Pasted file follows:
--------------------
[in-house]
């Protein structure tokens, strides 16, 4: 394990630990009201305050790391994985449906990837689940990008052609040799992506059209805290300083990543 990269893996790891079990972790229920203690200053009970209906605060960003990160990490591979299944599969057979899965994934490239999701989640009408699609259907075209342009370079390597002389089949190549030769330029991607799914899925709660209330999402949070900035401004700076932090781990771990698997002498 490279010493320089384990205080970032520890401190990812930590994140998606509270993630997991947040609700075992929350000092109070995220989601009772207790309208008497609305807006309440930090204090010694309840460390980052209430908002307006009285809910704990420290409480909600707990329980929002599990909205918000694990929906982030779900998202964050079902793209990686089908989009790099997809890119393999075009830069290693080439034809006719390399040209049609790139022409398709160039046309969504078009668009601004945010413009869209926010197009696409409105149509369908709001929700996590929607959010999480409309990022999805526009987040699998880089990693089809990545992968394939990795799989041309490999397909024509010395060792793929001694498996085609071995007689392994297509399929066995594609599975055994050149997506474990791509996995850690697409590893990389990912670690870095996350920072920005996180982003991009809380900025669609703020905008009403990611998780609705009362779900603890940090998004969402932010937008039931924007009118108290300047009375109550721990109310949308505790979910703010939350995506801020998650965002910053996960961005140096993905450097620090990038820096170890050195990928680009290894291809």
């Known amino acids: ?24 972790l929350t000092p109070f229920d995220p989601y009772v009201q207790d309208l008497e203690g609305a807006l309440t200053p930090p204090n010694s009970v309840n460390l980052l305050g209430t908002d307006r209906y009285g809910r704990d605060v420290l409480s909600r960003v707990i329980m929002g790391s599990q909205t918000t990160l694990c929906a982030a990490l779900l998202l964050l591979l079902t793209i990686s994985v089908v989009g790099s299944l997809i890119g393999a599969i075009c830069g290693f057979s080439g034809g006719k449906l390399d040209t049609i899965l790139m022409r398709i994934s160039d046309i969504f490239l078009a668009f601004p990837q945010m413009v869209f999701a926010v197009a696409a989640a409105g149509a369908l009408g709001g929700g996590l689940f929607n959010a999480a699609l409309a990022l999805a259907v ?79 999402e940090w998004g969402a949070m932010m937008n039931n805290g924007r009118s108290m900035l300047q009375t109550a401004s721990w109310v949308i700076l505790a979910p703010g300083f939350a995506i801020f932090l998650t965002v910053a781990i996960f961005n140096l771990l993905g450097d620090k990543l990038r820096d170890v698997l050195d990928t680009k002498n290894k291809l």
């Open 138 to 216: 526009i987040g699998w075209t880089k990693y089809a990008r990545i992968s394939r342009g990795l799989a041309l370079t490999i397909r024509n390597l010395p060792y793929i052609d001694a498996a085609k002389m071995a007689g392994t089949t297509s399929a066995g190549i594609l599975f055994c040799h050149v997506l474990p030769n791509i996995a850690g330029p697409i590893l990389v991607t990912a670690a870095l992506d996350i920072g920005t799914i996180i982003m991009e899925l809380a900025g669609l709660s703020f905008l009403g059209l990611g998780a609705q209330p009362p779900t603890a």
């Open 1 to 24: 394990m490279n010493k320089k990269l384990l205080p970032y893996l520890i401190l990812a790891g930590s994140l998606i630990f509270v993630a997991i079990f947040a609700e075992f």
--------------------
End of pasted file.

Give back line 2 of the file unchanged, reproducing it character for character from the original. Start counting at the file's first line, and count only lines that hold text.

């Protein structure tokens, strides 16, 4: 394990630990009201305050790391994985449906990837689940990008052609040799992506059209805290300083990543 990269893996790891079990972790229920203690200053009970209906605060960003990160990490591979299944599969057979899965994934490239999701989640009408699609259907075209342009370079390597002389089949190549030769330029991607799914899925709660209330999402949070900035401004700076932090781990771990698997002498 490279010493320089384990205080970032520890401190990812930590994140998606509270993630997991947040609700075992929350000092109070995220989601009772207790309208008497609305807006309440930090204090010694309840460390980052209430908002307006009285809910704990420290409480909600707990329980929002599990909205918000694990929906982030779900998202964050079902793209990686089908989009790099997809890119393999075009830069290693080439034809006719390399040209049609790139022409398709160039046309969504078009668009601004945010413009869209926010197009696409409105149509369908709001929700996590929607959010999480409309990022999805526009987040699998880089990693089809990545992968394939990795799989041309490999397909024509010395060792793929001694498996085609071995007689392994297509399929066995594609599975055994050149997506474990791509996995850690697409590893990389990912670690870095996350920072920005996180982003991009809380900025669609703020905008009403990611998780609705009362779900603890940090998004969402932010937008039931924007009118108290300047009375109550721990109310949308505790979910703010939350995506801020998650965002910053996960961005140096993905450097620090990038820096170890050195990928680009290894291809």